A GET-tough policy for nightmare neighbours has been demanded by councillors in South Tyneside.
There have been calls to fast-track the eviction process, and even prevent known troublemakers from securing tenancies.
The demands came this week at a meeting of Hebburn community area forum, where the issue sparked a heated debate.
Coun Jim Sewell, the Mayor of South Tyneside, said: “I can’t understand why we are getting these anti-social tenants. The poor people around them are living a nightmare.
“They should not be allowed a property in the first place.”
Coun Alan Kerr, the deputy council leader, believes officials have “got the balance all wrong” when it comes to collecting evidence and tackling nightmare neighbours.
He said: “When 20 to 30 people are complaining about a neighbour, how much more evidence do they need?
“I can’t understand why it’s taking so long for these cases.
“They get three letters and three warnings – one should be enough. These people create mayhem.”
South Tyneside Council area team leader Phil Render admitted the legal and administrative process of dealing with anti-social neighbours could be “tortuous”.
And Neighbourhood Inspector Ian King said: “Yes, it is a laborious process, as Coun Kerr says, and they can often be just moved to another part of the borough.”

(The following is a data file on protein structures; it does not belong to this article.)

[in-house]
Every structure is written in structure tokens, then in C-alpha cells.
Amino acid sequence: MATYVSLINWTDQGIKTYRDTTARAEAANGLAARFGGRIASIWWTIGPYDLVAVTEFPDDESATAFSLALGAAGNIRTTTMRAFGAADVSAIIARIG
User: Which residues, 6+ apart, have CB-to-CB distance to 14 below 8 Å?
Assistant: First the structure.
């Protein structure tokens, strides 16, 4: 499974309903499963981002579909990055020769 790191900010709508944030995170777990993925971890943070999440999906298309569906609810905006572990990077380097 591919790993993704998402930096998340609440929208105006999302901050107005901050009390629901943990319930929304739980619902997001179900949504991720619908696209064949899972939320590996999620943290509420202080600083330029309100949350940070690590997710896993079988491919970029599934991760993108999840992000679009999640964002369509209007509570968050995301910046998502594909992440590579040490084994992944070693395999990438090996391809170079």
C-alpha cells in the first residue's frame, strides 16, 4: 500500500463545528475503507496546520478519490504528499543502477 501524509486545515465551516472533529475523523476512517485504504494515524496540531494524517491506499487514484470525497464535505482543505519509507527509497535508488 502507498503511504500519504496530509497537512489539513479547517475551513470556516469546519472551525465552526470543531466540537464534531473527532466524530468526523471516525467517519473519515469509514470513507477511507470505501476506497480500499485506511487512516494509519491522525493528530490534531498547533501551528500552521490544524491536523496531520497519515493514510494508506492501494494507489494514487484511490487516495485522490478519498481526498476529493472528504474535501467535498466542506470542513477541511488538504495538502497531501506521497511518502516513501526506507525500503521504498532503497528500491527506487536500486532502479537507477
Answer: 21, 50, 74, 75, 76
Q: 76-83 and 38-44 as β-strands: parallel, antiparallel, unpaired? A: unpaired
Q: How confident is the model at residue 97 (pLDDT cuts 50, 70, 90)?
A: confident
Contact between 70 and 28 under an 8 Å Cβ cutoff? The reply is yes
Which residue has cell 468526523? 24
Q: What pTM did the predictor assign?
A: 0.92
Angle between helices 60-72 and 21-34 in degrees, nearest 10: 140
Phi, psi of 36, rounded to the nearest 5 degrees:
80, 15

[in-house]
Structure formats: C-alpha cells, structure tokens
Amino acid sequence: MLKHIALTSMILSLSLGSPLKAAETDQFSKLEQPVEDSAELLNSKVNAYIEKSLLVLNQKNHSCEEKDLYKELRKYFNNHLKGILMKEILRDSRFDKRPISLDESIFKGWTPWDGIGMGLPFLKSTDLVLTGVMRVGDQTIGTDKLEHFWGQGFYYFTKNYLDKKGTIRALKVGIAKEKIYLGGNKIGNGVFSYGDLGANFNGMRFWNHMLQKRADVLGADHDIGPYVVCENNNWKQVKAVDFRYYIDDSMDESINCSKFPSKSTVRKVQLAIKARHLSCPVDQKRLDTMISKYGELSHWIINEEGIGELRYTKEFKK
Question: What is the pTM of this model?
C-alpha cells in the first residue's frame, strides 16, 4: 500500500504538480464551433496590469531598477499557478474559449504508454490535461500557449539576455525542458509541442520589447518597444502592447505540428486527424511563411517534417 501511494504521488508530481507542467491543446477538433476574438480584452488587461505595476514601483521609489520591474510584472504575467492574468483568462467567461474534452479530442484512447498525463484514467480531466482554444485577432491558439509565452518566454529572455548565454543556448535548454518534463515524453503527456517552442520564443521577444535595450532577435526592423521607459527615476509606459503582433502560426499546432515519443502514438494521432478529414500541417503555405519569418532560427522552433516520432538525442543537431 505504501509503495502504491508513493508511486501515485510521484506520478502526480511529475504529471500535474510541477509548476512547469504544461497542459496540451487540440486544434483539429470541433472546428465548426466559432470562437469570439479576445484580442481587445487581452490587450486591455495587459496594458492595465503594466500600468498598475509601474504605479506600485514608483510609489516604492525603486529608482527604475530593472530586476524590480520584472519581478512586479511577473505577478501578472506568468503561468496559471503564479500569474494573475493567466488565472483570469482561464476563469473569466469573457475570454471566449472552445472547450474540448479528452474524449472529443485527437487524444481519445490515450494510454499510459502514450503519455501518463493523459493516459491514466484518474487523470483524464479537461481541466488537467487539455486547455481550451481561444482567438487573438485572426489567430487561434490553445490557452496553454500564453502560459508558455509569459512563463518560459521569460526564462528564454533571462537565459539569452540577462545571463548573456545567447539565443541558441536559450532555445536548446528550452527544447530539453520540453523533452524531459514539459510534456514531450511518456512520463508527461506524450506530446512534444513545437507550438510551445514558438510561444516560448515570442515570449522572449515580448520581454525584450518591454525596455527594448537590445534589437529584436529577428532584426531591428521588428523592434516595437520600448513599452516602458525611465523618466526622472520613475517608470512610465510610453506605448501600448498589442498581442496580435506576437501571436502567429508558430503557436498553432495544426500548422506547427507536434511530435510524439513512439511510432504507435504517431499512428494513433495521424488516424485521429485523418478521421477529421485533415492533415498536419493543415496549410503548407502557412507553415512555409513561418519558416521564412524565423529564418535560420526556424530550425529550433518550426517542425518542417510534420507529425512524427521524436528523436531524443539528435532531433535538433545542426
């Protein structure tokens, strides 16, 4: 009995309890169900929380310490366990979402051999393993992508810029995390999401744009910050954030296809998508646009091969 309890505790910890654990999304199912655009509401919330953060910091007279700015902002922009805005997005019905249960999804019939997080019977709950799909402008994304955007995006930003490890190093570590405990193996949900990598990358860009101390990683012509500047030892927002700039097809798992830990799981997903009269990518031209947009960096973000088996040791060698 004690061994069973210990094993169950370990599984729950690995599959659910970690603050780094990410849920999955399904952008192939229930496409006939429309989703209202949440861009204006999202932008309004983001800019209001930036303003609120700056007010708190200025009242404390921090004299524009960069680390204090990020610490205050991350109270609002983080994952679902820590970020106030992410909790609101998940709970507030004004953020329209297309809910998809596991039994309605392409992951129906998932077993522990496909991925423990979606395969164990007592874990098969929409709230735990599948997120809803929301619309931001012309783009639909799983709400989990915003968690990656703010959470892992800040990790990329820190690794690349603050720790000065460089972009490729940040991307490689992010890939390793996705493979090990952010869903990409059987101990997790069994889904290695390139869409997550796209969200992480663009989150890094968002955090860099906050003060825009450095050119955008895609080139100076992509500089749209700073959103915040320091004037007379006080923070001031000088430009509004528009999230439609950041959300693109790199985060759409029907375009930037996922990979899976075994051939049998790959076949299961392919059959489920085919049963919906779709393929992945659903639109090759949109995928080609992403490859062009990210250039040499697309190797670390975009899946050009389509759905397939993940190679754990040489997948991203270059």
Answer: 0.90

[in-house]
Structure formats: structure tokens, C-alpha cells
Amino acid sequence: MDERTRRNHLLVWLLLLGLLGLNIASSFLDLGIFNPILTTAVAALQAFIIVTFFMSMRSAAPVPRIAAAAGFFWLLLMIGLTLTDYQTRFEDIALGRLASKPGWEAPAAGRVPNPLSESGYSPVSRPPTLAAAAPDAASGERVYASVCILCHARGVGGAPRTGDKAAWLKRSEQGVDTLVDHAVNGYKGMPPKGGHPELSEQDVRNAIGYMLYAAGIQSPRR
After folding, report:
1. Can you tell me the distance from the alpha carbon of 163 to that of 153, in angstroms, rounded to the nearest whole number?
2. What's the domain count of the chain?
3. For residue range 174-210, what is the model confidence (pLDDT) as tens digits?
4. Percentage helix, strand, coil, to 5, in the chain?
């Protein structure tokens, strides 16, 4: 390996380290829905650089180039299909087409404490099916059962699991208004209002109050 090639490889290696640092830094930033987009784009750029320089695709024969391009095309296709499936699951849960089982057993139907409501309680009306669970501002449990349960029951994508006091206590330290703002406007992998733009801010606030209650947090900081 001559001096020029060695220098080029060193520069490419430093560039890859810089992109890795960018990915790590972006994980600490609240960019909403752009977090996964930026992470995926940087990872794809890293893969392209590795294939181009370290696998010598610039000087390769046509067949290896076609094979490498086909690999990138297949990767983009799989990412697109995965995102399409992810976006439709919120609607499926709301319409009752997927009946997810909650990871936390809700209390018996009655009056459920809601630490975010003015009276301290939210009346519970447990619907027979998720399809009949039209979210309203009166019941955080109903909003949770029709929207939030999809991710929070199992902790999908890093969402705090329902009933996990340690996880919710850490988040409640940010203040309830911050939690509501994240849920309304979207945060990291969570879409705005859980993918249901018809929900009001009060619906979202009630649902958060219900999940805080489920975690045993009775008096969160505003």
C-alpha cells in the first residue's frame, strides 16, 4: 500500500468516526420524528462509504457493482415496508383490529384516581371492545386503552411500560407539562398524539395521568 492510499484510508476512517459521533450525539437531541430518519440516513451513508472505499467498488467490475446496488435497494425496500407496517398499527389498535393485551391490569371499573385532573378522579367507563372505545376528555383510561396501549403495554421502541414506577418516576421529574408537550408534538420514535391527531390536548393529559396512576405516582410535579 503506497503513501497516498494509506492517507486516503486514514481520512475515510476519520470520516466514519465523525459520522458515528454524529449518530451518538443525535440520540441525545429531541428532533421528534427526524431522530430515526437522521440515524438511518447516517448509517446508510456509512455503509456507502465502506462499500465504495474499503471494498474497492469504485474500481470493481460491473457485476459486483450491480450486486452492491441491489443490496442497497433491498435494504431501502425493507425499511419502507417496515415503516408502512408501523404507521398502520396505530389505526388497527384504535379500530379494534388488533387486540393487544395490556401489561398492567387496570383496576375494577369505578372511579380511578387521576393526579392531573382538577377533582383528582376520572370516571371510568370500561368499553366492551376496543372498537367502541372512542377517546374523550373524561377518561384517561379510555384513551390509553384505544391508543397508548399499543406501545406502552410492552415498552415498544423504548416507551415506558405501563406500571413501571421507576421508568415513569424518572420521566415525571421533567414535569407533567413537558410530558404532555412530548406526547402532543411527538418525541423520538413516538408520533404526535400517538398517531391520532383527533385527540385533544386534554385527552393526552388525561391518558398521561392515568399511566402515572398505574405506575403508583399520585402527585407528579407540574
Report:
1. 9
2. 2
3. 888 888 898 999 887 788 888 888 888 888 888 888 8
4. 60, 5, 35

Coun John Hodgson asked if local housing and council officials were “restricted by statute” from taking more robust action to deal with nightmare neighbours.
Mr Render said authorities had to ensure their cases against anti-social tenants were “watertight” before proceeding.
But Coun Hodgson added: “Sometimes, you cannot get a watertight case. In the meantime, people are living next to these menaces, while the council says it wants a water-tight case.”
Coun Nancy Maxwell says such cases can prove “costly” for local councils, particularly when children are involved, but asked for the warning letters system to be speeded up.
South Tyneside Homes housing services manager, Eric Crammon, said: “South Tyneside Homes deals with low-level, anti-social behaviour by talking to families and offering support. The bottom line is that we have to be very certain of the circumstances.
“Eviction is the last step, and we want to prevent that.”